Focusing on the IT analyst business, its beginnings and weaknesses in the original model bringing technology and business together over the course of the last 20 years. Panelists: Jonathan Yarmis with Gideon Gartner and Carter Lusher Click here or on the graphic to play the video sagecircle.com
One of the continuing myths in the IT industry is that Gartner demands payment from vendors for placement on its research. This even came up in a comment – anonymously posted of course – on a blog post written by Gartner VP and Distinguished Analyst Tom Bittman (bio, blog, Twitter) called A Rant – My Integrity as an Analyst.
SageCircle knows this is not the case from personal experience, but also because we get collaborating evidence from our clients. Just last week we were on an inquiry with a client, a small software company, who was included on a Magic Quadrant in the Visionary square months before they even considered signing up for a Gartner contract. The reason for the inquiry with SageCircle? In the draft update of the Magic Quadrant their dot had moved to the left. Yikes. However, the reason for the less favorable position had nothing to do with their client status or the size of their contract. Rather it was because they had not noticed that the lead author on the Magic Quadrant had changed. Once we figured this out, they understood that their problem was that they had never briefed the new analyst.
We also know of large vendors who have spent hundreds of thousands of dollars with Gartner year in and year out only never to get onto a Magic Quadrant on which they wanted to be included.
However, in the past it has also been true that some unscrupulous Gartner sales representatives have played the research placement card when they desperately needed to […]
This analysis does not look at areas of interest to investors, but seeks to pull out insights that are relevant to clients and prospects of Forrester Research, the number two advisory analyst firm, as well as communications and IT vendor analyst relations (AR) teams.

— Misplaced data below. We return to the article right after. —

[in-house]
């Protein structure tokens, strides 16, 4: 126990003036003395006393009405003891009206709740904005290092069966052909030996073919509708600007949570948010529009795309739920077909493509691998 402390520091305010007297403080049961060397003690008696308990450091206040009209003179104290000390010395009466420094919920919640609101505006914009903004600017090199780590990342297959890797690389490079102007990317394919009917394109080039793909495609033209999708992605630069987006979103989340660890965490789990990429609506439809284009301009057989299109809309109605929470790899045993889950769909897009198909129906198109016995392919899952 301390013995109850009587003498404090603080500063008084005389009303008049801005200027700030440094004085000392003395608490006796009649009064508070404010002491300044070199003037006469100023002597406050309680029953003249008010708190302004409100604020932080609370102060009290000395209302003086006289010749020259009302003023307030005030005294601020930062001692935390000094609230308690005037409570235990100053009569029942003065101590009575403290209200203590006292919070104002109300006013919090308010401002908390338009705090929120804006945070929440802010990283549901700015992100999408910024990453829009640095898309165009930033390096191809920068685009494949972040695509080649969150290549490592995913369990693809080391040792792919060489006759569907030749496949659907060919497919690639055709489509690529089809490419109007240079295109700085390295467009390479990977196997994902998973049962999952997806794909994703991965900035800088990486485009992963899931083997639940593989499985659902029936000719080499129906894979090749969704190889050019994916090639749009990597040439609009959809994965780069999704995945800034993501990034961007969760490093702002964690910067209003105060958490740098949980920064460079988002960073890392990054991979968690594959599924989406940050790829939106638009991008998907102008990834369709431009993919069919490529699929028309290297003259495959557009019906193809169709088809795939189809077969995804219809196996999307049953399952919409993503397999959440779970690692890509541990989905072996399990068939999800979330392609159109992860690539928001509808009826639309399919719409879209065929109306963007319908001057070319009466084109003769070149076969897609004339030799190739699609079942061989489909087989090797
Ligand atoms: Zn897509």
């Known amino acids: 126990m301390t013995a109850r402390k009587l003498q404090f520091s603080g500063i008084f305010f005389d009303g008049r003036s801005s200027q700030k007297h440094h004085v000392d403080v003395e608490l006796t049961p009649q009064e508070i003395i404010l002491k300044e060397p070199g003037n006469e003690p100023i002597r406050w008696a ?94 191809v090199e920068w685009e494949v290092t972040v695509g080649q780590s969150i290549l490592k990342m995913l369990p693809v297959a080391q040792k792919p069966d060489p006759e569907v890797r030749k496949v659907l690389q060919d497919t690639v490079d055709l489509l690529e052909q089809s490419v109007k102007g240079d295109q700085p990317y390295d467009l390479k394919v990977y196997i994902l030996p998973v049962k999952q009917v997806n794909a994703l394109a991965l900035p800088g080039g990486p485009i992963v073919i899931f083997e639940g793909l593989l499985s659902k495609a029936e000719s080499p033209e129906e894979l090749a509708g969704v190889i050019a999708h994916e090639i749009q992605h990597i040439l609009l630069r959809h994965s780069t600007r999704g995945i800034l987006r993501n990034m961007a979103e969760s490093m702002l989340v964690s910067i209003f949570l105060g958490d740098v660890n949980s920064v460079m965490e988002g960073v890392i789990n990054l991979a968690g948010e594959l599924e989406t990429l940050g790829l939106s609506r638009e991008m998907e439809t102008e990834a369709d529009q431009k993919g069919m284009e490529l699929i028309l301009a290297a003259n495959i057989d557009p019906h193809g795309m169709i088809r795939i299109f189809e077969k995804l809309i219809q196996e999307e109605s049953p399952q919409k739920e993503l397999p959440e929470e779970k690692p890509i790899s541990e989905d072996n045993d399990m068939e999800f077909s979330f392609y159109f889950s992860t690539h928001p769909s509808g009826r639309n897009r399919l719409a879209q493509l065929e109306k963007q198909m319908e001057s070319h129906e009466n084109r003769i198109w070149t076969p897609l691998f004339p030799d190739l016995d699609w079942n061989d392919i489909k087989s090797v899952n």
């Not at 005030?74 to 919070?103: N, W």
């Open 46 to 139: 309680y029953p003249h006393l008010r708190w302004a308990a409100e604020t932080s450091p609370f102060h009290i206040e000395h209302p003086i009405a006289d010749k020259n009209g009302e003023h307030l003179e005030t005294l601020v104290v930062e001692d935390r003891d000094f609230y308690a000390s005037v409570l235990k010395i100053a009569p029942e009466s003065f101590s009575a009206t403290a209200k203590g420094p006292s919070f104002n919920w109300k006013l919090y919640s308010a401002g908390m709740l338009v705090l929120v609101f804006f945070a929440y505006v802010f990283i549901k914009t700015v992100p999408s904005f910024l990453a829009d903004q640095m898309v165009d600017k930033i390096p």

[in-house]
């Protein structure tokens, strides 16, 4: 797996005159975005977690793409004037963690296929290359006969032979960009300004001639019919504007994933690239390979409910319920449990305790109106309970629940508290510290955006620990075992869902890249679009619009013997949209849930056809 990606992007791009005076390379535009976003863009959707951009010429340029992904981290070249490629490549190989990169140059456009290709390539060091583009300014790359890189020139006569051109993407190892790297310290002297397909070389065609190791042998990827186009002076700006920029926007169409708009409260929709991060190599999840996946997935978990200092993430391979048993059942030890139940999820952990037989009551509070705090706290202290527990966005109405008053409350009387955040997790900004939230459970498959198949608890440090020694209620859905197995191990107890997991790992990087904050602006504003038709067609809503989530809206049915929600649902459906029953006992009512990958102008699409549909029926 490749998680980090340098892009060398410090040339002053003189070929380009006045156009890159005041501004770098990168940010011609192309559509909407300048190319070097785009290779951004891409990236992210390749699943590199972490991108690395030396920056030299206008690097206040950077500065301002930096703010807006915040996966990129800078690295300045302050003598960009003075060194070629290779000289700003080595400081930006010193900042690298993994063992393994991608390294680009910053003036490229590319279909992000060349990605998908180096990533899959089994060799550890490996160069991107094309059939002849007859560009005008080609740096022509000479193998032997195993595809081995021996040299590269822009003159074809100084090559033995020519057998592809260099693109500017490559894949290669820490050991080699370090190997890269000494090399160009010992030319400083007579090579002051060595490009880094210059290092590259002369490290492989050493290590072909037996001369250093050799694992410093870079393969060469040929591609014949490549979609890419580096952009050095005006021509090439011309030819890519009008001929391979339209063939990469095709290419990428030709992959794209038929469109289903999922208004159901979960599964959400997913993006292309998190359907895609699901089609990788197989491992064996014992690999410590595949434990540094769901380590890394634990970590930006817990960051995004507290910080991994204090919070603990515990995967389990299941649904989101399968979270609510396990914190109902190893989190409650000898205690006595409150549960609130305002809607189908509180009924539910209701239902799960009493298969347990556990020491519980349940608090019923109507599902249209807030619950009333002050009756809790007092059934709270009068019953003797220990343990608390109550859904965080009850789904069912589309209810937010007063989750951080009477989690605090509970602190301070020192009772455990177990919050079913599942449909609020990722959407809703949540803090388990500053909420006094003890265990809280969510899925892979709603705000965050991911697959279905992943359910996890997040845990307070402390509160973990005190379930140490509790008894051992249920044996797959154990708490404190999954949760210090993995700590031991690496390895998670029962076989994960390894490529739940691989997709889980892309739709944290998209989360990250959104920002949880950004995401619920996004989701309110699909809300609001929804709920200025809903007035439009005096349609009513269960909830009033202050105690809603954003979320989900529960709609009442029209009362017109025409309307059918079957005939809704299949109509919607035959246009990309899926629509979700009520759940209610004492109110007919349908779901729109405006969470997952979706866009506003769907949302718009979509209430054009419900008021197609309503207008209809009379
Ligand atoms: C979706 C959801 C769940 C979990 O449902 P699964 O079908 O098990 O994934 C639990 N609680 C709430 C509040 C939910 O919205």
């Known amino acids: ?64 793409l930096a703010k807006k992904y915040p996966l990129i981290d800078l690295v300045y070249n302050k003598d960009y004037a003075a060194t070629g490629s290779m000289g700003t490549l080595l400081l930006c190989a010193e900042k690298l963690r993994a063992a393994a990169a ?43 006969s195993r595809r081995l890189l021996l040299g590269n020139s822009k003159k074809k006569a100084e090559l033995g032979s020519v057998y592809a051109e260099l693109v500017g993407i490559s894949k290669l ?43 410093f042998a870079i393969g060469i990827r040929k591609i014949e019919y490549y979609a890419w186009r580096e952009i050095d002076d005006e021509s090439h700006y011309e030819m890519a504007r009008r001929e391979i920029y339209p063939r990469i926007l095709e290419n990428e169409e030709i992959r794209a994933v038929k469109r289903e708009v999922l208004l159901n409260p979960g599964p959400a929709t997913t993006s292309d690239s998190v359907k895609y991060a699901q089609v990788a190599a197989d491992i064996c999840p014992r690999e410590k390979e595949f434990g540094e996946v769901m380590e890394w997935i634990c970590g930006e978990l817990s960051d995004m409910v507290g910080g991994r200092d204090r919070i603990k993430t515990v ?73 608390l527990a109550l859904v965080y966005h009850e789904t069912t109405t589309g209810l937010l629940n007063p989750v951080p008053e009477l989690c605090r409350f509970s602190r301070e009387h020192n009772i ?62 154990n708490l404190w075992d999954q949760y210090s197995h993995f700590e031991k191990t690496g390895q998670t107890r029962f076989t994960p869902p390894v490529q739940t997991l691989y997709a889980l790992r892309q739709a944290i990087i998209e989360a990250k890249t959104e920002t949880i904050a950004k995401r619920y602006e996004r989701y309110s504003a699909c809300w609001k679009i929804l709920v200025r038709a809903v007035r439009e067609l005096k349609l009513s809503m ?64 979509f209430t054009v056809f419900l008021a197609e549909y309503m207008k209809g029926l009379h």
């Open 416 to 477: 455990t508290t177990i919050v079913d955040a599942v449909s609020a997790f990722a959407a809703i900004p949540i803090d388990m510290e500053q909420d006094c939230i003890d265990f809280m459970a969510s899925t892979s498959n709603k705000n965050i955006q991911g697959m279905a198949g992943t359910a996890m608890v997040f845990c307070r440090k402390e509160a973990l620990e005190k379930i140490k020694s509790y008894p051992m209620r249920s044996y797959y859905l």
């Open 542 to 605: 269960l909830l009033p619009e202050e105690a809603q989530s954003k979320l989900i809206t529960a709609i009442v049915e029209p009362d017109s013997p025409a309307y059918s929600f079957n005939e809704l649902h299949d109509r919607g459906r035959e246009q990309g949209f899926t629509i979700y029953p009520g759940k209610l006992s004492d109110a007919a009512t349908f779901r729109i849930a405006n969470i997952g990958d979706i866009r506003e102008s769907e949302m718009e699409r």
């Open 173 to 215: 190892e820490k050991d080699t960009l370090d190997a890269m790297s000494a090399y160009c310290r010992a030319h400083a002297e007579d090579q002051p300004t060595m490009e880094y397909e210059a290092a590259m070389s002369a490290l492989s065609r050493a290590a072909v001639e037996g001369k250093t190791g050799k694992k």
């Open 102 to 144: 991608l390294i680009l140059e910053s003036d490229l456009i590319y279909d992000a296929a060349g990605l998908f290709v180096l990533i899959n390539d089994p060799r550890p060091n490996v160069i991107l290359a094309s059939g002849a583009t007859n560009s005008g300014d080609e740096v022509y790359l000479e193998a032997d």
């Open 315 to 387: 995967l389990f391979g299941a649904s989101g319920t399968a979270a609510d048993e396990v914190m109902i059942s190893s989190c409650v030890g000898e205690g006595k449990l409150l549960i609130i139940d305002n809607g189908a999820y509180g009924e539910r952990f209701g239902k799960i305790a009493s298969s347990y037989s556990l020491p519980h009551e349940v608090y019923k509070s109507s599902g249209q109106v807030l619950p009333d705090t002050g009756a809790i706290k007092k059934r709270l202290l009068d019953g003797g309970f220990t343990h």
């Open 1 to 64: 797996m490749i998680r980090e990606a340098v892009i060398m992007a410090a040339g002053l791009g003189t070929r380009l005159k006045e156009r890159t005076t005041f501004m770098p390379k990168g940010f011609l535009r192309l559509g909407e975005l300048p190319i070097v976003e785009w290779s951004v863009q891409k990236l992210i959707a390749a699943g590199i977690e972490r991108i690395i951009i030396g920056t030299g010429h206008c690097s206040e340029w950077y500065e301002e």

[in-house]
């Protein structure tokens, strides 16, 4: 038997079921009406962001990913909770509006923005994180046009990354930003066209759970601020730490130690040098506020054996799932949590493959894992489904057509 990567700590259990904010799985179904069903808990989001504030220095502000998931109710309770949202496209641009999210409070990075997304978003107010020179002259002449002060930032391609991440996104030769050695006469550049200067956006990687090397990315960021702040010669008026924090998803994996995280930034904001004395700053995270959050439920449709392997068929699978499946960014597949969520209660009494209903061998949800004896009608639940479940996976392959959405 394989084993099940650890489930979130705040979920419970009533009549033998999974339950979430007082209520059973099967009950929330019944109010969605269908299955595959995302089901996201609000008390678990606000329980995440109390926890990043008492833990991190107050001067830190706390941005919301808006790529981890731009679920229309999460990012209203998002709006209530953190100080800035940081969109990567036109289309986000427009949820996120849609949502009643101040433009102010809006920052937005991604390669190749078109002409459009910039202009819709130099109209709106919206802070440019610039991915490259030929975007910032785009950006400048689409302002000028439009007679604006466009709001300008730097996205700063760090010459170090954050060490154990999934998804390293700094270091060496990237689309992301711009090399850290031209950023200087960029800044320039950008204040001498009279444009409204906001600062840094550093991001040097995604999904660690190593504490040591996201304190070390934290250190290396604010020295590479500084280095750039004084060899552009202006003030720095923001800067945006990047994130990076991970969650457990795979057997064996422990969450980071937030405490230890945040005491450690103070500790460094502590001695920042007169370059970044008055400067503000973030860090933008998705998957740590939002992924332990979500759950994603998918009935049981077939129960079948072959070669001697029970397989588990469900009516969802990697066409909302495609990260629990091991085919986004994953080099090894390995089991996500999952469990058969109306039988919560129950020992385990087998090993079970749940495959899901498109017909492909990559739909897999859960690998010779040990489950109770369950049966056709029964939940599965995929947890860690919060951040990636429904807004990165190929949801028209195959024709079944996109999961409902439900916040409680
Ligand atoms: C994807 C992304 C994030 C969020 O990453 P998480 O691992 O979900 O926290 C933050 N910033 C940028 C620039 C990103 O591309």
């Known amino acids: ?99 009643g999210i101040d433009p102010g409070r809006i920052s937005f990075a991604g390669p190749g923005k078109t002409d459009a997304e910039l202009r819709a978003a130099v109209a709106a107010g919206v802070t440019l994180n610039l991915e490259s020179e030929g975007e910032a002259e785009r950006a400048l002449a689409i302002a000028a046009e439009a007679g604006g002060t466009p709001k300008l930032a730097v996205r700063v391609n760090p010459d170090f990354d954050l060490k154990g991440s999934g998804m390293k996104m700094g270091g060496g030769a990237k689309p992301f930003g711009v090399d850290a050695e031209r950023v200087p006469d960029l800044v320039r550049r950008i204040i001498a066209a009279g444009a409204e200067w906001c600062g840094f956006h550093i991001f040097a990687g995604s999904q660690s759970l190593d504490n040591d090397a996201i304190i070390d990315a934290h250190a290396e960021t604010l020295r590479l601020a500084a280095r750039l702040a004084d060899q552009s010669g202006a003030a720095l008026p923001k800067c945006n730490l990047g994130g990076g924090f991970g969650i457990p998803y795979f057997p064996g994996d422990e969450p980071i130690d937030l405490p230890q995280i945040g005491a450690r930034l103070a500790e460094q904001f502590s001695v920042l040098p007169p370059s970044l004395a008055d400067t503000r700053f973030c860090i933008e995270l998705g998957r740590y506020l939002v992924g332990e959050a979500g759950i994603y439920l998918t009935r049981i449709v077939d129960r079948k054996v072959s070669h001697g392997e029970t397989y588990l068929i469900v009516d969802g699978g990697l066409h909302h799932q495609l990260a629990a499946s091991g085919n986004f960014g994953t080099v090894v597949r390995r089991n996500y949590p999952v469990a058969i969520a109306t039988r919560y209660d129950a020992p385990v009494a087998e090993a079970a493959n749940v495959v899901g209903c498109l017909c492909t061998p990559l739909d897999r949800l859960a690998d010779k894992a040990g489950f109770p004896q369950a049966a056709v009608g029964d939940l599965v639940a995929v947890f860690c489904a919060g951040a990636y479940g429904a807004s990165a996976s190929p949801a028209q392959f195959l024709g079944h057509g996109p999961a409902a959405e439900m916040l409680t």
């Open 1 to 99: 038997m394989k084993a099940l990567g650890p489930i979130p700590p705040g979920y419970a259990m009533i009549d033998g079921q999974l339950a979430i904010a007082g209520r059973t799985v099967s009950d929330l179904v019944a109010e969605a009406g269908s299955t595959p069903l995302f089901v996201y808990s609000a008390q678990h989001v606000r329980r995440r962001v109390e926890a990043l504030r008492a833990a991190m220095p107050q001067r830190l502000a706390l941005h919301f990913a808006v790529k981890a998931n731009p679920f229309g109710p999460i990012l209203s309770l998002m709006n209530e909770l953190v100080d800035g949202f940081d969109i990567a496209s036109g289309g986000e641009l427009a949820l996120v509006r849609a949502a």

Forrester Research (NASDAQ: FORR) Chairman & CEO George Colony (Twitter, blog) and CFO Michael Doyle presented (replay available for approximately 90 days) at the William Blair & Co. Emerging Growth Stock Conference on Tuesday, October 6, 2009. Because the presentation was oriented toward investors that might not know much about Forrester, instead of the usual Wall Street analysts on quarterly earnings calls, there were some tid-bits of intelligence useful for clients and AR.
A large number of diverse data points but spread thin: One of the advantages that a large analyst firm has is that its analysts can – not always – have access to a large number of formal and informal data points to include in research and use with end user clients during inquiries. Forrester revealed that its analysts conduct 3,500 vendor briefings, 16,800 inquiries, 250,000 consumer survey responses, and 10,000 large company survey responses.
Sounds like huge numbers, right? Actually these numbers might not seem so impressive when the average per analyst is calculated. Forrester currently lists 193 analysts, not including research associates and researchers. That means that the average number of inquiries per analyst is only 87 per year or seven (7) per month. Of course that is the average, which means that some analysts will be doing much less than the average, maybe as little as three (3) per month or less than one a week.
Calculating the number of briefings per analyst is a little trickier because a single briefing can have multiple analysts in attendance. For this discussion let’s say three analysts per briefing, which then calculates to each analyst getting about six (6) briefings per month. Again, this is not an impressive number when taking into consideration how important vendor information is for advisory analysts.